Because self-awareness is so important in communication, try to increase awareness of your own needs, desires, habits, beliefs, and attitudes. You can do this in various ways.
Listen to others. Conveniently, others are constantly giving you the very feedback you need to increase self-awareness. In every interaction people comment on you in some way—on what you do, what you say, how you look. Sometimes these comments are explicit: “Loosen up” or “Don’t take things so hard.” Often they’re “hidden” in the way others look at you—in the expressionless face that indicates disagreement or disappointment or the broad smile that says, “I think you’re wonderful.”
Increase your open self. Revealing yourself to others will help increase your self-awareness. As you talk about yourself, you may see connections that you had previously missed. With feedback from others, you may gain still more insight. By increasing your open self, you also increase the chances that others will reveal what they know about you.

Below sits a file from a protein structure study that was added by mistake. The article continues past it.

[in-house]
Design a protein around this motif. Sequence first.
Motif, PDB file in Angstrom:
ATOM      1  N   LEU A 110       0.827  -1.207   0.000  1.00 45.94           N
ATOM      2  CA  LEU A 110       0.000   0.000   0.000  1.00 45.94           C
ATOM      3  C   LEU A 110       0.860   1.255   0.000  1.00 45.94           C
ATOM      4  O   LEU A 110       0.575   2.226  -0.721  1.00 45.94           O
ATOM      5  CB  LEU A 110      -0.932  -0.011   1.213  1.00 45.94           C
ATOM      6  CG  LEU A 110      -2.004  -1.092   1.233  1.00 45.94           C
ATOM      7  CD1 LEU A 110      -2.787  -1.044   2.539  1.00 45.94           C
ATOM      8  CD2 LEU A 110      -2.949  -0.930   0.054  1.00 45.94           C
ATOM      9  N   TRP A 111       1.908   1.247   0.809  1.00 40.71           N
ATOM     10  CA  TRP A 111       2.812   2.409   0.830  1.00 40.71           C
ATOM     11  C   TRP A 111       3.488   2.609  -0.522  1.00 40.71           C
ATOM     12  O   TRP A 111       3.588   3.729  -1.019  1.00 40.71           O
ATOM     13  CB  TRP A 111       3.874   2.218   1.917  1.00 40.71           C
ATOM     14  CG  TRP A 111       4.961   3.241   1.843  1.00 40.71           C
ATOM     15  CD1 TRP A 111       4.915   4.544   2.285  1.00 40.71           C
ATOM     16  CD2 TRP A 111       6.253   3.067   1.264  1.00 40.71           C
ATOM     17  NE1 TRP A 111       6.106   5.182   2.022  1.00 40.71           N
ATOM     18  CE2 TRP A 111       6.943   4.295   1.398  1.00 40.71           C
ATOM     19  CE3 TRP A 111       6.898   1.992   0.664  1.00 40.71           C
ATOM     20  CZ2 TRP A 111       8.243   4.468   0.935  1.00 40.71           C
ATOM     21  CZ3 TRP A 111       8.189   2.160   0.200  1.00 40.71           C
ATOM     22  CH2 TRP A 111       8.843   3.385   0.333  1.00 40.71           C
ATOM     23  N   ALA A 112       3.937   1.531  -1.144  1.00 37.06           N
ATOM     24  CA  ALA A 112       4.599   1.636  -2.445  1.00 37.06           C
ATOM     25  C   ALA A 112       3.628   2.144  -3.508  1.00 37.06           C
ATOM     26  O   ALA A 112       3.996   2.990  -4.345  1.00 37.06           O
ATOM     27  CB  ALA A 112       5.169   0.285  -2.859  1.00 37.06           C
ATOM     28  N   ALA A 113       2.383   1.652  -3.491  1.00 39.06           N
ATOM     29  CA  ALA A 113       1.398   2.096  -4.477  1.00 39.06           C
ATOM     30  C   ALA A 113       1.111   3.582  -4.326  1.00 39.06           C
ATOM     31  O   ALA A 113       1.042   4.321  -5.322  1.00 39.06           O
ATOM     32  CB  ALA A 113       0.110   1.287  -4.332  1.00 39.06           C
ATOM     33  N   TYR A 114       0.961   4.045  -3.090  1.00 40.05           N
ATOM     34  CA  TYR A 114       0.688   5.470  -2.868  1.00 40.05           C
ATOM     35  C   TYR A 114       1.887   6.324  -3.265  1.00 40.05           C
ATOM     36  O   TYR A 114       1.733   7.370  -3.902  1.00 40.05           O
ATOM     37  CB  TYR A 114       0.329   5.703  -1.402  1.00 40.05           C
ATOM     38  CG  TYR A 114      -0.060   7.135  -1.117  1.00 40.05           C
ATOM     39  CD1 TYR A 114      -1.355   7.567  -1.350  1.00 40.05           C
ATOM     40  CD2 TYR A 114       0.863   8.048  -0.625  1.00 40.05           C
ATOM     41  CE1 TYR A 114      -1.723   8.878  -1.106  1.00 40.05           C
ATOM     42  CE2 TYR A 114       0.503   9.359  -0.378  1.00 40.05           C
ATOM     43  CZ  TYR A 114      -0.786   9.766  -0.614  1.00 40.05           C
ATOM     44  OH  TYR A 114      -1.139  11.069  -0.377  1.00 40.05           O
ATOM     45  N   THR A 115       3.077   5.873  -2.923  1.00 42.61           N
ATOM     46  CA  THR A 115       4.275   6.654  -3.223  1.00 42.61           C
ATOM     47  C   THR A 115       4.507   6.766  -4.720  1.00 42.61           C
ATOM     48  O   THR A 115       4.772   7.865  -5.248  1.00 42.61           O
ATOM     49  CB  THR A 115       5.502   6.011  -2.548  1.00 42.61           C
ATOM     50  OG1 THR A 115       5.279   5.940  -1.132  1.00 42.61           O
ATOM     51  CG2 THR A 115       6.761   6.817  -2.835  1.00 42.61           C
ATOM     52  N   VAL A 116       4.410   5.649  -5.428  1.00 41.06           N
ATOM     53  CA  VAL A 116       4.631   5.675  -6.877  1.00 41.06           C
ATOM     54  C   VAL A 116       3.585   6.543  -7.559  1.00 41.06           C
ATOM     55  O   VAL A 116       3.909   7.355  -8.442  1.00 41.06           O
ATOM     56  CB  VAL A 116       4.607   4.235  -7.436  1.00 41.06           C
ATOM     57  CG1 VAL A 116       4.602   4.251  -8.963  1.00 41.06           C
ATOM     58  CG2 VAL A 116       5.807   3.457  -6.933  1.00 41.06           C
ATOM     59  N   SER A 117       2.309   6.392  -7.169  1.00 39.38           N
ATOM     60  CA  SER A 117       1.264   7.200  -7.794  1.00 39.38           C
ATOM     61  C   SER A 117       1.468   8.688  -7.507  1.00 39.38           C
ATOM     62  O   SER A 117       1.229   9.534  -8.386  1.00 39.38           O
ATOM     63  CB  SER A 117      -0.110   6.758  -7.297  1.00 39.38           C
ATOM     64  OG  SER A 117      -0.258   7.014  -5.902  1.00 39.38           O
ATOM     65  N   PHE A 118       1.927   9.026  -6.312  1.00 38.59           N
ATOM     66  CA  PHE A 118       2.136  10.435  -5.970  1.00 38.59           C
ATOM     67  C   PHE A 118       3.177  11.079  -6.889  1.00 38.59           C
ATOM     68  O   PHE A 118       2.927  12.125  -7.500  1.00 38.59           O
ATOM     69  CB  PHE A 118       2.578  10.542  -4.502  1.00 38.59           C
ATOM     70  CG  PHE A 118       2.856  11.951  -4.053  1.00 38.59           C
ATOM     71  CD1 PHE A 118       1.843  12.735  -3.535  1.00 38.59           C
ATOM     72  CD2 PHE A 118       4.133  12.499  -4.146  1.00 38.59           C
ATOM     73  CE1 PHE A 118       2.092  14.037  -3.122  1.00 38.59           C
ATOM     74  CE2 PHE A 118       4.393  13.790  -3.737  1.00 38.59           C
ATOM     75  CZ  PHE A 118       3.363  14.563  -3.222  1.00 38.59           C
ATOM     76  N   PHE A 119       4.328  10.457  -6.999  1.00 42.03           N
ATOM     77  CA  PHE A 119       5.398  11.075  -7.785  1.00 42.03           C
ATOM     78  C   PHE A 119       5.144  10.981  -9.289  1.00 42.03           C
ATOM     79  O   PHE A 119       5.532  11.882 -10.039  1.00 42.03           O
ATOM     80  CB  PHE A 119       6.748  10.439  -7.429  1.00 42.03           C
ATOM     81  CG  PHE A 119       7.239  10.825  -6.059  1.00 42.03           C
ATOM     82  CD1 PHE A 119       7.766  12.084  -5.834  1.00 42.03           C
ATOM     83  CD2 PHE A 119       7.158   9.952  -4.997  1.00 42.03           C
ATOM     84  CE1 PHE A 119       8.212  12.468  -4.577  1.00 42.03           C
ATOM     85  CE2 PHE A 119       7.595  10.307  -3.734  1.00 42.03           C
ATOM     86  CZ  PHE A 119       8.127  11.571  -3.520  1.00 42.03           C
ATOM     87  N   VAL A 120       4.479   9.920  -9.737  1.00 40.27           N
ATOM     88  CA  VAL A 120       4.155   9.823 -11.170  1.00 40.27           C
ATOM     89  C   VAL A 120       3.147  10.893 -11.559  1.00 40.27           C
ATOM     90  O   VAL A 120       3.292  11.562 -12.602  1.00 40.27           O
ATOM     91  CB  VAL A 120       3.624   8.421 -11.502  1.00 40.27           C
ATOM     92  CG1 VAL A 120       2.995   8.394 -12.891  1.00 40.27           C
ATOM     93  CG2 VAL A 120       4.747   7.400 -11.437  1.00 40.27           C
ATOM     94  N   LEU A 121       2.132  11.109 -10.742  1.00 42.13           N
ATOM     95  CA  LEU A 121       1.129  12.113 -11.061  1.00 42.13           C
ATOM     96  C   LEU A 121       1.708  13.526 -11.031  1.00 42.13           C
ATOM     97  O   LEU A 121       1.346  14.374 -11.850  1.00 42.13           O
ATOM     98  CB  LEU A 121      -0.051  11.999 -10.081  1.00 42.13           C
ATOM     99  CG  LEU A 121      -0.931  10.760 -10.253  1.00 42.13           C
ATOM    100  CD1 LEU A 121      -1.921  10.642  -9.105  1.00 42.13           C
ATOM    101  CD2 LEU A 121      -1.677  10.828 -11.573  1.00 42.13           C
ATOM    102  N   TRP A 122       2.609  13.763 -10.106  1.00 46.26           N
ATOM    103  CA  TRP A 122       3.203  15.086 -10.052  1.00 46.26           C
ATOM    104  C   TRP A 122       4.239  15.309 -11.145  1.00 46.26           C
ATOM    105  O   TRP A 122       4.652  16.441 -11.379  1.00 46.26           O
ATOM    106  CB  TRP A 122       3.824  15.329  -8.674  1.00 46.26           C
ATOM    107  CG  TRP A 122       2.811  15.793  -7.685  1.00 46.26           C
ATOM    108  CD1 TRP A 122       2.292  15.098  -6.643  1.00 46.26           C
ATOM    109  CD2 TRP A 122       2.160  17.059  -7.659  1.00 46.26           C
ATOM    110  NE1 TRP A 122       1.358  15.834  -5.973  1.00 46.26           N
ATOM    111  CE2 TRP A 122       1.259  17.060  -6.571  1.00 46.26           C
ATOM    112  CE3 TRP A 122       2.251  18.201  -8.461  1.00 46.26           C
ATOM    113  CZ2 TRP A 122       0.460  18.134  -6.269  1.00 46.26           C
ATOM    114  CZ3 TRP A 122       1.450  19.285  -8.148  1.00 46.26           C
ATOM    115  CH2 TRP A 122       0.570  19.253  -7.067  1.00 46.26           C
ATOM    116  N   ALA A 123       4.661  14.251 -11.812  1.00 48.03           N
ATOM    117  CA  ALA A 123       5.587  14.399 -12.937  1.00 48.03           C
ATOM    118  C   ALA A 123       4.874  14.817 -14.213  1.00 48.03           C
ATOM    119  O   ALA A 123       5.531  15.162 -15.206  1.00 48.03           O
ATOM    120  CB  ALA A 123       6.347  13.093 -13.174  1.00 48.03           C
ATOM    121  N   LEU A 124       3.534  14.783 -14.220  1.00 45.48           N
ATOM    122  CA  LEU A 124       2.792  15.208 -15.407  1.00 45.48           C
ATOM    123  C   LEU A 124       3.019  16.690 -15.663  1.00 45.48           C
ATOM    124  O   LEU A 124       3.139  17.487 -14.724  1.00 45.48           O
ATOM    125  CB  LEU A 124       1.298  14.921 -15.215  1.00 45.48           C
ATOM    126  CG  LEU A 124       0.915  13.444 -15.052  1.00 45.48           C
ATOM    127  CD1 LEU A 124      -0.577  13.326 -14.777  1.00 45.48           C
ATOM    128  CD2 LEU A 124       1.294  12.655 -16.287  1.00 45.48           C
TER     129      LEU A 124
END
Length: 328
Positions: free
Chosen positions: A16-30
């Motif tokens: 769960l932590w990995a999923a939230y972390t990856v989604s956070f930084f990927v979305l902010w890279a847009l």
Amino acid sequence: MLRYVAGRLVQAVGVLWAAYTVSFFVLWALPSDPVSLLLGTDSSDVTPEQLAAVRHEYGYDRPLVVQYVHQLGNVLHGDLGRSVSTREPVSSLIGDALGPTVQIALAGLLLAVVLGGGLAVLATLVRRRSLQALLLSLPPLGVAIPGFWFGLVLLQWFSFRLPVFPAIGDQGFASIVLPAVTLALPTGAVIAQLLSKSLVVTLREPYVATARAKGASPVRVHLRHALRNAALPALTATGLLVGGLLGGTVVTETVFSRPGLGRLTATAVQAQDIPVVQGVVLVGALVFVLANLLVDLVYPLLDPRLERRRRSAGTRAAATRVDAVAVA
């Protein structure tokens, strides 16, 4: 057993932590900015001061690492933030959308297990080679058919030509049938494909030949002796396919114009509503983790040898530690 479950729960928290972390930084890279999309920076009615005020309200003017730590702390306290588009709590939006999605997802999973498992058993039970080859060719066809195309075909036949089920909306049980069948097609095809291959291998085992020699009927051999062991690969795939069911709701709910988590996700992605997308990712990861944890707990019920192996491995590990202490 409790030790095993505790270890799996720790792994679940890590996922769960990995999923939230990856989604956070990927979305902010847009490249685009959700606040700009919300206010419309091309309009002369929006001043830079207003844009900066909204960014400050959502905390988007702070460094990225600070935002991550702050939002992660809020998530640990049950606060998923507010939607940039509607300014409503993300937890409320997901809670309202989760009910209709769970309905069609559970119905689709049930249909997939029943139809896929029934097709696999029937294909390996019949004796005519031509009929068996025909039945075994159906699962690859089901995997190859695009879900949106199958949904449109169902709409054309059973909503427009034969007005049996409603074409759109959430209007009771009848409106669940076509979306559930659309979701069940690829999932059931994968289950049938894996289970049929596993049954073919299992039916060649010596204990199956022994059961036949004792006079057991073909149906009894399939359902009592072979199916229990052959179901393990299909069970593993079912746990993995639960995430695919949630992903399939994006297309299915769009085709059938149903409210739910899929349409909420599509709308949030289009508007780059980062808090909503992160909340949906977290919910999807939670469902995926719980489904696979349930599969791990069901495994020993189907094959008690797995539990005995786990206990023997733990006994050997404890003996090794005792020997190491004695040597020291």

Seek information about yourself. Encourage people to reveal what they know about you. Use situations that arise every day to gain self-information: “Do you think I came down too hard on the kids today?” “Do you think I was assertive enough when asking for the raise?” But seek this self-awareness in moderation. If you do it too often, your friends will soon look for someone else with whom to talk.
Dialogue with yourself. No one knows you better than you know yourself. Ask yourself self-awareness questions: What motivates me to act as I do? What are my short-term and long-term goals? How do I plan to achieve them? What are my strengths and weaknesses?